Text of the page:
How to setup a DAG in exch 2010 when servers are on different networks

We are trying to setup a DAG between 2 servers which are in the same domain, but on seperate networks.
The 2 servers are in sepreate locations also.
So for instance the 1 exch server has an IP address of 192.168.10.10 which is the IP range there for all of their servers, and the other exch server in the second location is on 10.0.0.5 along with all of its other servers.

So do I need to have the network IP addresss for the first nic to be the same for both servers and then the second nic which will be for the heartbeat for the DAG, also be the same IP address or do I have to setup the DAG with the 2 seperate IP addresses?
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vmichAsked:
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Simon Butler (Sembee)ConsultantCommented:
Unless there is a separate network connection between the two sites, I wouldn't bother with a heartbeat network. It is all going to get lumped in with everything else, so simply adds additional complexity.

You will need an IP address for the DAG in each site though.

Simon.
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vmichAuthor Commented:
Do you mean add the IP address via clicking on the properties of the DAG and add in both IP address from both exch servers like the 102.168.10.10 and the 10.0.0.5
Then add in the 2 servers after that?
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vmichAuthor Commented:
One other not also at the main site there is currently a DAG there but that is for the 2 in house exchange servers at the main office and they are also on the 192.168.10.10 network with a second nic for replication which is on 10.5.5.xxx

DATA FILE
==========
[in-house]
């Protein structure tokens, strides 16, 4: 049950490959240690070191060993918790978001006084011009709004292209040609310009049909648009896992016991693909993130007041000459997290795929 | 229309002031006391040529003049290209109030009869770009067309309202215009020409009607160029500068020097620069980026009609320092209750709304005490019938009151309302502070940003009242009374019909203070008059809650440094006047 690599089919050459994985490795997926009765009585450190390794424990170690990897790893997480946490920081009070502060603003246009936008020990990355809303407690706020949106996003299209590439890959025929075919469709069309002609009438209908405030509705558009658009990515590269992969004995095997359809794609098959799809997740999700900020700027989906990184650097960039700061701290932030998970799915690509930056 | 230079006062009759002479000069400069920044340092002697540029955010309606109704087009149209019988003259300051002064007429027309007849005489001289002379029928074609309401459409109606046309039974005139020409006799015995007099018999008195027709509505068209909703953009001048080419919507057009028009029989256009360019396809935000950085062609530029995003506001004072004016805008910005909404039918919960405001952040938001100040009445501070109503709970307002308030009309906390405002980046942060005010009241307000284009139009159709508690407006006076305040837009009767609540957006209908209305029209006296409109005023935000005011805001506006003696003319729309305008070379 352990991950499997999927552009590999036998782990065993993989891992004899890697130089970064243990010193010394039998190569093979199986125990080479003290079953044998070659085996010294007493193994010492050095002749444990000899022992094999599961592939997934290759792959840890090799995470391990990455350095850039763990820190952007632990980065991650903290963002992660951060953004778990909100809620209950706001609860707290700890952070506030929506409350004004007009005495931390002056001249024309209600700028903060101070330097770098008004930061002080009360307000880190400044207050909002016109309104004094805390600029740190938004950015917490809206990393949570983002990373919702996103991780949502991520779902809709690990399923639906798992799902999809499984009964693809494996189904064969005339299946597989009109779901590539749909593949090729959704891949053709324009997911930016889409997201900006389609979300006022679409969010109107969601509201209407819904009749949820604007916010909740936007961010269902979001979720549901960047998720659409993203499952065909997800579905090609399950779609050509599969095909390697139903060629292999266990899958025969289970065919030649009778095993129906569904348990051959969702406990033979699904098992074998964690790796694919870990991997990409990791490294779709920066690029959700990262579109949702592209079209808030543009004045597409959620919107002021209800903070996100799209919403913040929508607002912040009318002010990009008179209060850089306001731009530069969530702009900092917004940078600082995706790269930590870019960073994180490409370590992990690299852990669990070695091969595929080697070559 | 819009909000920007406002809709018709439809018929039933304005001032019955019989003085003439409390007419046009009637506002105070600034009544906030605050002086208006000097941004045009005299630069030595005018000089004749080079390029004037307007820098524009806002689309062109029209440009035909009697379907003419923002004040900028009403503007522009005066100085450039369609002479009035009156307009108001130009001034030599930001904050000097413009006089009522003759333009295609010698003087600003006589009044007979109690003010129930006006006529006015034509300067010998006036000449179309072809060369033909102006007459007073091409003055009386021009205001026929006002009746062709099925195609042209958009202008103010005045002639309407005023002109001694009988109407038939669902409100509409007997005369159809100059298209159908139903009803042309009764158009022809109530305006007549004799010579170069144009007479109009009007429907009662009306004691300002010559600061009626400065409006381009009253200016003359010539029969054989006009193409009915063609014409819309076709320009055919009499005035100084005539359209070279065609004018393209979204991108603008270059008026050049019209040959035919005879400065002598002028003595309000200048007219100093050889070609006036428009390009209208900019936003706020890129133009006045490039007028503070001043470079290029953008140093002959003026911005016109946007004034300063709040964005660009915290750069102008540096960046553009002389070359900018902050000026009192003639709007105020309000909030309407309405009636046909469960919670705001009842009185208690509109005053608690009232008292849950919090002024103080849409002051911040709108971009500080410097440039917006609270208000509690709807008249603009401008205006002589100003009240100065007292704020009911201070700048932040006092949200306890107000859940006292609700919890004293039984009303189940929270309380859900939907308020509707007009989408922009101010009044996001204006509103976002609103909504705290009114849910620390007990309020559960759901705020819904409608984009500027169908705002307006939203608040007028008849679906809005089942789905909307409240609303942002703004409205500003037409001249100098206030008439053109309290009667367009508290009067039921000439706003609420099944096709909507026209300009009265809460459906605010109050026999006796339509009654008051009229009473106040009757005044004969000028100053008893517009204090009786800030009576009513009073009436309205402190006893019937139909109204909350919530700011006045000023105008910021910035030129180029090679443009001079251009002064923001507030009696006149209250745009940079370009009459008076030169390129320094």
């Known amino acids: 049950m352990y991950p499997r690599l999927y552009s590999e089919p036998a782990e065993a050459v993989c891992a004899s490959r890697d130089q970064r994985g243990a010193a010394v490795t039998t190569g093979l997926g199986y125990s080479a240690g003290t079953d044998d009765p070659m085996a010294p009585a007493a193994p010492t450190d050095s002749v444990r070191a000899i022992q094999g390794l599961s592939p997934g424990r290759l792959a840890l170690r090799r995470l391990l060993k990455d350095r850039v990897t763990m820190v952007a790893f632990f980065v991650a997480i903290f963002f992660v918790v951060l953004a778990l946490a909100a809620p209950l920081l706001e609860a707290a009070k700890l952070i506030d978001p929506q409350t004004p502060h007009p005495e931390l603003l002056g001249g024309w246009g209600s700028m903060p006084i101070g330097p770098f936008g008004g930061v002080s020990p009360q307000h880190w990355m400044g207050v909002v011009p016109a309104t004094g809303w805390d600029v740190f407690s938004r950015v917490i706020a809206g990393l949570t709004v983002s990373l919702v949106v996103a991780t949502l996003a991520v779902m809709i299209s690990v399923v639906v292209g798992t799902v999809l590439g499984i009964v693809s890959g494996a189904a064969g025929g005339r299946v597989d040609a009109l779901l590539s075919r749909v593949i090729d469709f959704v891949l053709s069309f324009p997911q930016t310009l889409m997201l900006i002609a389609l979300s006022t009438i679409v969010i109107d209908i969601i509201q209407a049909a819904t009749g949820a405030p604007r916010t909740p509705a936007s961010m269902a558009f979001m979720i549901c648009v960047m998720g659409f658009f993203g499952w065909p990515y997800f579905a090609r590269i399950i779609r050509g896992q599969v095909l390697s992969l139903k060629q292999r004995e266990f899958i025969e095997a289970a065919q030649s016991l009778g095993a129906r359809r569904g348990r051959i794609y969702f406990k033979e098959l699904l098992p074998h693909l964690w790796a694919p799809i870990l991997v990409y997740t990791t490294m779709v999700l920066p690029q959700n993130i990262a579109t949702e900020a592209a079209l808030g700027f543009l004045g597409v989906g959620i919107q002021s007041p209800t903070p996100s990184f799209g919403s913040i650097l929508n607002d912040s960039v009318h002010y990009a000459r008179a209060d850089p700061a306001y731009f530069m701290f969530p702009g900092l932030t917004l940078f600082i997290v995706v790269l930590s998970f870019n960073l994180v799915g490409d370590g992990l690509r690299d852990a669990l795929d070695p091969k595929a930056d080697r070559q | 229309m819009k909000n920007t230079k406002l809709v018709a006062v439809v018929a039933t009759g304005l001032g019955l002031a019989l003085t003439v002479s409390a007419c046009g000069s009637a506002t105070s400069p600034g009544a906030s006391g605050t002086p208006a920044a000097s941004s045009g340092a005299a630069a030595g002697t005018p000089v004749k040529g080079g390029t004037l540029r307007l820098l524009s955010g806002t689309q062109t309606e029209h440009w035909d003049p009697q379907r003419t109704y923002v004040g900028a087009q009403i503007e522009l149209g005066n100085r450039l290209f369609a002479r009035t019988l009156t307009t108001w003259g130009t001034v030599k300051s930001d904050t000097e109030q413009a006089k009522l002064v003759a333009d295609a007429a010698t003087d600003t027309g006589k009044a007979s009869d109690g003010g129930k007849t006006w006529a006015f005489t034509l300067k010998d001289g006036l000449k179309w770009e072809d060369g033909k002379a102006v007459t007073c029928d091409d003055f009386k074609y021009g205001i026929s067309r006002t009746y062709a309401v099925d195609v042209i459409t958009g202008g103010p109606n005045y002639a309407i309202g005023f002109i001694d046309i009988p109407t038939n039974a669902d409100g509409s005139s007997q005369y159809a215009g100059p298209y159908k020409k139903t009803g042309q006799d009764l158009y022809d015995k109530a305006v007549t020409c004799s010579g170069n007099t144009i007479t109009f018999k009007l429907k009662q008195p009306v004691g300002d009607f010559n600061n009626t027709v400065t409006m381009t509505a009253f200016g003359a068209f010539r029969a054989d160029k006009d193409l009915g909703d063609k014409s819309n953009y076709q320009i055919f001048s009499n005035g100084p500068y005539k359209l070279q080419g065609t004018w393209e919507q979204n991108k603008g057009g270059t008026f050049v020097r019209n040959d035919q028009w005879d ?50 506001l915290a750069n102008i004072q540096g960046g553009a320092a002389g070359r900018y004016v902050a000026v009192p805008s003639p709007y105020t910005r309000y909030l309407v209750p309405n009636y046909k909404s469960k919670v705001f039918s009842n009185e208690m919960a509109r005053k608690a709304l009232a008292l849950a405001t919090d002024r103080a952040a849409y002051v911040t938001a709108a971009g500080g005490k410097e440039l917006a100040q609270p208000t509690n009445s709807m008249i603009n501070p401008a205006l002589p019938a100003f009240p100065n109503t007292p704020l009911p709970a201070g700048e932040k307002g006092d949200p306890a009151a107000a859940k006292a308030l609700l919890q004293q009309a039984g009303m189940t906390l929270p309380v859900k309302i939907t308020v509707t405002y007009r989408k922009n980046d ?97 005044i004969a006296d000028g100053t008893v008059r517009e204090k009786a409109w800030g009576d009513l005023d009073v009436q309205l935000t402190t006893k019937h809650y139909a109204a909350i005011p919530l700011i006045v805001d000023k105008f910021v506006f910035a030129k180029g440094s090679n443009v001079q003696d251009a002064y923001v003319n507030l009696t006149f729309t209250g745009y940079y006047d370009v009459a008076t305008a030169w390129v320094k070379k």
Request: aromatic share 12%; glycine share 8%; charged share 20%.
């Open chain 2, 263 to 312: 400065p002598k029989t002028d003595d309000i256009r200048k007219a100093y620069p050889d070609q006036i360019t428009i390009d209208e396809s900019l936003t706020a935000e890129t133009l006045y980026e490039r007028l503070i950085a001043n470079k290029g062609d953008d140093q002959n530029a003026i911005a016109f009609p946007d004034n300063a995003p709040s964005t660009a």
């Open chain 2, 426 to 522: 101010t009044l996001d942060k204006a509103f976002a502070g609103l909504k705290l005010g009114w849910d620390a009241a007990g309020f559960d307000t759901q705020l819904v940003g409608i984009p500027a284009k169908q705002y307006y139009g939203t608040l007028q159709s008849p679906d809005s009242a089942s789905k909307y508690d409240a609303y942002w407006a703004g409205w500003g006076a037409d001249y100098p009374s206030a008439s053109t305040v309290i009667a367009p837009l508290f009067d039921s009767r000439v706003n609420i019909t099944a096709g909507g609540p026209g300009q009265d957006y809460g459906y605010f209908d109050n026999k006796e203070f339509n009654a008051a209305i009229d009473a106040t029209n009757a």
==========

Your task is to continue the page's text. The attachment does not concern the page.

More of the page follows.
Then as I mentioned, this new DAG is for the dbs from the remote site to be replicated back to an exch server in the main office which this new exch server was built just for the new DAG for the remote site server
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Will SzymkowskiSenior Solution ArchitectCommented:
When you are configuring DAG it is recommended that you have a MAPI and a Replication network. This is so that you do not saturate your network during replication. This can happen if you have a large database and you need to reseed it to the passive DAG member, over the network, this can cripple your network.

You can get away without using a Replication NIC/Network configuration but i would not recommend this.

Will.
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vmichAuthor Commented:
Ok I understand that the rep traffic should be separate from the regular network traffic, so with that in mind I guess I need to have and IP address on the remote server and one on the main office server which can communicate with each other. But they dont have to be on the same IP range (subnet) correct?
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Simon Butler (Sembee)ConsultantCommented:
Separating the replication and MAPI traffic is fine - but if there is a single wire between the two servers (typical single internet WAN connection) then how are you going to separate the traffic? You cannot, unless you start using QOS on the WAN link.

If you are going to have the two servers on their own network for replication, then they would be on the same subnet usually, BUT that depends on your routing configuration for that separate network.